Whimsical carver among artists drawn to Arts Alive

More than 250 performers and visual artists take part in Saturday’s street festival.

It’s year 24 for Arts Alive, and organizers are gearing up for all the fun and activities they’re unveiling this weekend in downtown Langley City.

This Saturday, from 10 a.m. to 5 p.m., the family-oriented Arts Alive Festival is being held on the one-way section of Fraser Highway, between 204th and 206th Streets.

It brings so many different art forms together in one place. It’s the perfect venue for art lovers of all ages, explained Teri James, executive director of the Downtown Langley Business Association.

As has been the case in past, the festival continues to showcase a myriad of visual artists, artisans, and crafters – everything from painters and potters, to sculptors and wood turners, jewellers to photographers, and furniture makers to quilters, and authors to candle crafters.

“People can expect a wider variety of items this year,” she said, noting some visitors have been critical in past that there were too many jewellers, for instance.

“We’ve really tried our best to diversify,” James said, “with very little duplication, if any.”

She’s expecting to see more unique art forms such as birdhouses, gourd carvings, and seaweed creations.

Arts Alive is about more than just 140 static exhibits, James added, noting there’s expected to be numerous interactive displays, including woodburning demonstrations, authors readings, and painter demonstrations – to name a few.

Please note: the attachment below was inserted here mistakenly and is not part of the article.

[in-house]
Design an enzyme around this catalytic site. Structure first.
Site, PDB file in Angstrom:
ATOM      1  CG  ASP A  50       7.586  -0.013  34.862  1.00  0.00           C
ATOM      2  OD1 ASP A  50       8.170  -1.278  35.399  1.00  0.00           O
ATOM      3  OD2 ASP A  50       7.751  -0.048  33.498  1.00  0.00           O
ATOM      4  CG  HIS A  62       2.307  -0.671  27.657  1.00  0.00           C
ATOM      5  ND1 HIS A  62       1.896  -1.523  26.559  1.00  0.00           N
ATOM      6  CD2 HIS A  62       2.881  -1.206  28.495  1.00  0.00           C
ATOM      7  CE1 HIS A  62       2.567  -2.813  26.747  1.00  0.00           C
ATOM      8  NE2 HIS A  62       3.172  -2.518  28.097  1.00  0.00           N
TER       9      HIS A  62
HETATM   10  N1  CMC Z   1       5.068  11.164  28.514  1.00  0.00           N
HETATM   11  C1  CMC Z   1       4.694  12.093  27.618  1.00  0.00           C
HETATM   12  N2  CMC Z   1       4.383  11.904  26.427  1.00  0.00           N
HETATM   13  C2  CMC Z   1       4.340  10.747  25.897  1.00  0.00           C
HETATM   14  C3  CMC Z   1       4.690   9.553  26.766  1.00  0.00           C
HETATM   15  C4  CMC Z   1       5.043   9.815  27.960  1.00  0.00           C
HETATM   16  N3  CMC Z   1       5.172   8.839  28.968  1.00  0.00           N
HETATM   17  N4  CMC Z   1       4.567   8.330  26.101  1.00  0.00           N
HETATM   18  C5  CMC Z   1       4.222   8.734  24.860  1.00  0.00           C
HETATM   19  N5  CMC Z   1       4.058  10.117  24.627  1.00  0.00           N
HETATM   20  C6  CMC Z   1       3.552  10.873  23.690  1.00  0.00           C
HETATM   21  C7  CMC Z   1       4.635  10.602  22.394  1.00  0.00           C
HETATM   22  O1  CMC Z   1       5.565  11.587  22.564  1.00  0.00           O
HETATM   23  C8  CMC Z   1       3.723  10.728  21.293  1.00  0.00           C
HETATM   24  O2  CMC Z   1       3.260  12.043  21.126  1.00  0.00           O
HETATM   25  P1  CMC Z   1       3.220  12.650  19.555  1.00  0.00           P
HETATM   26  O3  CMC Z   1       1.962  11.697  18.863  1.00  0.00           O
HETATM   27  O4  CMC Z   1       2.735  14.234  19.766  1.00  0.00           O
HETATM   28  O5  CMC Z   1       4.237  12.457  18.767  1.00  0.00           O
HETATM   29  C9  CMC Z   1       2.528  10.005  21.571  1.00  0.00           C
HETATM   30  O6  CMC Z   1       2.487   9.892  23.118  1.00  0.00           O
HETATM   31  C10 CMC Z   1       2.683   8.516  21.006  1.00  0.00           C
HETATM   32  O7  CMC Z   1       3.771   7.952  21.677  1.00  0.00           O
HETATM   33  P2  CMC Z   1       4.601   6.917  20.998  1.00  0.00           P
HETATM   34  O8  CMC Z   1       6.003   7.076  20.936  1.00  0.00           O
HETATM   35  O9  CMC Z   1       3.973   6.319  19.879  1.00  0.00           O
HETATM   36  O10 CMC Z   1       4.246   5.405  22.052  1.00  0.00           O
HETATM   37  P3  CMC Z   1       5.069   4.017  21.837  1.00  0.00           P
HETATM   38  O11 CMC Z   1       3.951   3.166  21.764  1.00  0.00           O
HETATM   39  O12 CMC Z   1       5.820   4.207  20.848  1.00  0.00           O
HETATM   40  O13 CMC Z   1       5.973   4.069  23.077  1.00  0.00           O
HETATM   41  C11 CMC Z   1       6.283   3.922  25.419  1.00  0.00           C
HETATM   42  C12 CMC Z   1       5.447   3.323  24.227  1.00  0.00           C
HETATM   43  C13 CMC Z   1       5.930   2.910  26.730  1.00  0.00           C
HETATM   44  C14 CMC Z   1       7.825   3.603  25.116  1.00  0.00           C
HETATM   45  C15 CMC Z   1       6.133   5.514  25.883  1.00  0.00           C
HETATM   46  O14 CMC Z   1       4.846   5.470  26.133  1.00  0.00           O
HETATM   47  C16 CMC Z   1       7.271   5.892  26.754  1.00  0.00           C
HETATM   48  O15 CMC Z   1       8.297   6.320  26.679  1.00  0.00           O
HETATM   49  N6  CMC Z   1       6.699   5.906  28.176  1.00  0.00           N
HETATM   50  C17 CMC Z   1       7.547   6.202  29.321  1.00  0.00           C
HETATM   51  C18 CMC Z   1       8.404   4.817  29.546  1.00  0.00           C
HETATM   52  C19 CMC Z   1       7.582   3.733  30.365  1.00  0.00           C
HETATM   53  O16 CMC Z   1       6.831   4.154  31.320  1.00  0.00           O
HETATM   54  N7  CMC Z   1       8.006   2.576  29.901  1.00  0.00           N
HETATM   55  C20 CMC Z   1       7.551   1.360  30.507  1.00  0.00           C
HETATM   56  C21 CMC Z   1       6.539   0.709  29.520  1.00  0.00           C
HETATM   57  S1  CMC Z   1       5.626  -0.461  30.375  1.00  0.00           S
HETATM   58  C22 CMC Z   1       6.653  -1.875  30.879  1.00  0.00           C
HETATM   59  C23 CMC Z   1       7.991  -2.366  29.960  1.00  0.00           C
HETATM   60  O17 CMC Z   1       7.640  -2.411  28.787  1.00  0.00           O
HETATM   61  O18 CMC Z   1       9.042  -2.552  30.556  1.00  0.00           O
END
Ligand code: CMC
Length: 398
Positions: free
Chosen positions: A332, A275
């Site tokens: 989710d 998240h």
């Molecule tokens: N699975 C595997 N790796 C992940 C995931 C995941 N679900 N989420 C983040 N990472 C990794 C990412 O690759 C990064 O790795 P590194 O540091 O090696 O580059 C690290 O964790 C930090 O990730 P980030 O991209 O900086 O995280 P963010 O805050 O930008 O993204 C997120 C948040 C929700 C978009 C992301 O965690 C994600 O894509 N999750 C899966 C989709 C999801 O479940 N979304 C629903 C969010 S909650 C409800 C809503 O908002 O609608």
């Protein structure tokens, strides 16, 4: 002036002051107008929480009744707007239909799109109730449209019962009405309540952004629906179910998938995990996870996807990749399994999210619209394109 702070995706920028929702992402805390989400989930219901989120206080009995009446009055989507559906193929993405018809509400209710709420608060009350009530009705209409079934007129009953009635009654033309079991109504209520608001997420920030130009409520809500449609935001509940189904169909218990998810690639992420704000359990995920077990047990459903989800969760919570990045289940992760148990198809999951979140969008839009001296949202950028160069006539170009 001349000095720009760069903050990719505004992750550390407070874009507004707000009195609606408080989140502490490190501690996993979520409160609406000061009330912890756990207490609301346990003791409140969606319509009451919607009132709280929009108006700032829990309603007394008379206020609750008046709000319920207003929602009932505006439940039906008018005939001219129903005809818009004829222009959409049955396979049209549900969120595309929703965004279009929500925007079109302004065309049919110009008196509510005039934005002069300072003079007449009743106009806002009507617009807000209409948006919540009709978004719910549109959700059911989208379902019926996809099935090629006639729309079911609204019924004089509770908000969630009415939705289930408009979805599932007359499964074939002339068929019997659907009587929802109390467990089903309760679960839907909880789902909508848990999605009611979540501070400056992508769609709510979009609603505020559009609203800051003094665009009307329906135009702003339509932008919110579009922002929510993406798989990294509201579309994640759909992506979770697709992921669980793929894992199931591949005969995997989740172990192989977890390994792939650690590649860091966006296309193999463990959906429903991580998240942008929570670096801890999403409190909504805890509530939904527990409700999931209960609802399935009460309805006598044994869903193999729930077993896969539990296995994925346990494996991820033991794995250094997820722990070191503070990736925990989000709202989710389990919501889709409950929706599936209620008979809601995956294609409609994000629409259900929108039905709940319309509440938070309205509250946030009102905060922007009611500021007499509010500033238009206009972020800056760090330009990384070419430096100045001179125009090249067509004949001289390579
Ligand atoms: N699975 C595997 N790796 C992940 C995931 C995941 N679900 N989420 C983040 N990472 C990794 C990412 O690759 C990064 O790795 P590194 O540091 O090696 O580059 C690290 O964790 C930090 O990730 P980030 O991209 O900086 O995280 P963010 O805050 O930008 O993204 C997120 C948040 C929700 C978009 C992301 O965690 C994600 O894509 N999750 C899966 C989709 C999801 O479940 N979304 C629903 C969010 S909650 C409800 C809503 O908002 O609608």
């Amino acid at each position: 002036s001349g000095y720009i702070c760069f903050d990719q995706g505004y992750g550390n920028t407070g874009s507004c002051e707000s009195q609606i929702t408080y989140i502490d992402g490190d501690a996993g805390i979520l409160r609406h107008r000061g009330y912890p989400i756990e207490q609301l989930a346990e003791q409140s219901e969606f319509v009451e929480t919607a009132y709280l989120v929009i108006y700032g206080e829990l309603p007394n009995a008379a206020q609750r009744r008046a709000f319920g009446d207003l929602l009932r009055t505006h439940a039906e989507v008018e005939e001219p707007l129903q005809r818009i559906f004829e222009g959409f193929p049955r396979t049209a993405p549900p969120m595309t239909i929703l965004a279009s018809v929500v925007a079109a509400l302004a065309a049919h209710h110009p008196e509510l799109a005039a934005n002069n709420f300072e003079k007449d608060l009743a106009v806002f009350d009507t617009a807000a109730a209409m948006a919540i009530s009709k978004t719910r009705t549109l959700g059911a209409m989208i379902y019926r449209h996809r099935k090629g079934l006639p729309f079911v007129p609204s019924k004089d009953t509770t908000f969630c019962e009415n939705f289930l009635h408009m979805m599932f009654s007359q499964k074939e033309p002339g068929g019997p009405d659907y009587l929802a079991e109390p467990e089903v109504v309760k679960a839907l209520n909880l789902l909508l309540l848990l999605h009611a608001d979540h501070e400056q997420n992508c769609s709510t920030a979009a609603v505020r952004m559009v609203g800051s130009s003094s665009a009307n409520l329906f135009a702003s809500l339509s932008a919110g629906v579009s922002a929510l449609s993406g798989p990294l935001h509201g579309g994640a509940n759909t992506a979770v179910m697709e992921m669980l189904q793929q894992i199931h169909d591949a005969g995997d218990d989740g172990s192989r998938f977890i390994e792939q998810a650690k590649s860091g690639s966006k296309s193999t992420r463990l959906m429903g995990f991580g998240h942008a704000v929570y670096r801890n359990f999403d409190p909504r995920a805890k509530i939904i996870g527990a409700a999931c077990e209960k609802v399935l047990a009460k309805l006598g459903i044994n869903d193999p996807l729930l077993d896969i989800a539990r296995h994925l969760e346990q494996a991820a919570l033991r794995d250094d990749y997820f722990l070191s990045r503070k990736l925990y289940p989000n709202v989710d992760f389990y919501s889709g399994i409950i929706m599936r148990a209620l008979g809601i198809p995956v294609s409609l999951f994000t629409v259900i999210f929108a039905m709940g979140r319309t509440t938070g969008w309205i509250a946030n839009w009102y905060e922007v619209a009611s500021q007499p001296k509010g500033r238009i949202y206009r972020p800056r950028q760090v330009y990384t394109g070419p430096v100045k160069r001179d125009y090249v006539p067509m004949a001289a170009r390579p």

One such artist is Dave Herman, of Pitt Meadows, who will be whittling away at Arts Alive.

He’s a 65-year-old landscape contractor who came to his love of wood carving later in life.

He has been working for months to prepare for this show, crafting dozens of somewhat whimsical castles, lighthouses, and fantasy hobbit houses from cottonwood bark he’s found on the shorelines of B.C.

This will be Herman’s second year at Arts Alive, although he and his wife, Carol, participate in a number of art shows and craft fairs around the Lower Mainland during the holiday season.

“What we love about Arts Alive is the street fair vibe and the family-friendly atmosphere,” said Herman.

“We were excited to participate in a summertime event that showcases handcrafted items… We really enjoy connecting with artists and crafters in the community. It’s a great day.”

The artistically themed aspects to the show are not only limited to vendors like Herman, James elaborated.

Arts Alive once again offers a “jam packed” children’s fun zone, featuring a facepainters, balloon twisters, kids crafts, the Opus chalk art gallery, and more for aspiring young artists.

And now, with a total of three stages situated throughout the downtown core, the festival will also showcase even more live music throughout the day than ever before.

In total, there will be more than 250 artists, entertainers, and artisans at this year’s event, requiring James to push further into the side streets like Salt Lane, and squeak out other space in “nooks and crannies” such as St. Andrew’s Plaza, to find room for all the participants.

With that many visual and performing artists in one place, Langley’s Arts Alive has truly become a “must-attend festival.”

It’s a signature arts event for the Lower Mainland, but what continues to make this art event different from most is that it’s aimed at the entire family, and it’s free.


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